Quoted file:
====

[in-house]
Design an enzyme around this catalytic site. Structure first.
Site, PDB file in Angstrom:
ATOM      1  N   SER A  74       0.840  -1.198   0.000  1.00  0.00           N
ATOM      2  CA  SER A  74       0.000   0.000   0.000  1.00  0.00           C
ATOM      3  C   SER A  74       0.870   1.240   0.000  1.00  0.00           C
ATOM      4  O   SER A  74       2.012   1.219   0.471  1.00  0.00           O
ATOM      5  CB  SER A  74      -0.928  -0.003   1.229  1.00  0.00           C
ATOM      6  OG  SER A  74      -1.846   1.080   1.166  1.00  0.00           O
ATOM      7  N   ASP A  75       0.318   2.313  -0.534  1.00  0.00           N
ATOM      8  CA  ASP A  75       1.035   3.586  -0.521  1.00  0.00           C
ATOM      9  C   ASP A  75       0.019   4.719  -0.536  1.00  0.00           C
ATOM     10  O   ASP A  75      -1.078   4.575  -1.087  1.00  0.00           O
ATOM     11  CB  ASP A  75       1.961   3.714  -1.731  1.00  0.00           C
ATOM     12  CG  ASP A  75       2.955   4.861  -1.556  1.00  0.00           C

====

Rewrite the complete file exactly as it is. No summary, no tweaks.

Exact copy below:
[in-house]
Design an enzyme around this catalytic site. Structure first.
Site, PDB file in Angstrom:
ATOM      1  N   SER A  74       0.840  -1.198   0.000  1.00  0.00           N
ATOM      2  CA  SER A  74       0.000   0.000   0.000  1.00  0.00           C
ATOM      3  C   SER A  74       0.870   1.240   0.000  1.00  0.00           C
ATOM      4  O   SER A  74       2.012   1.219   0.471  1.00  0.00           O
ATOM      5  CB  SER A  74      -0.928  -0.003   1.229  1.00  0.00           C
ATOM      6  OG  SER A  74      -1.846   1.080   1.166  1.00  0.00           O
ATOM      7  N   ASP A  75       0.318   2.313  -0.534  1.00  0.00           N
ATOM      8  CA  ASP A  75       1.035   3.586  -0.521  1.00  0.00           C
ATOM      9  C   ASP A  75       0.019   4.719  -0.536  1.00  0.00           C
ATOM     10  O   ASP A  75      -1.078   4.575  -1.087  1.00  0.00           O
ATOM     11  CB  ASP A  75       1.961   3.714  -1.731  1.00  0.00           C
ATOM     12  CG  ASP A  75       2.955   4.861  -1.556  1.00  0.00           C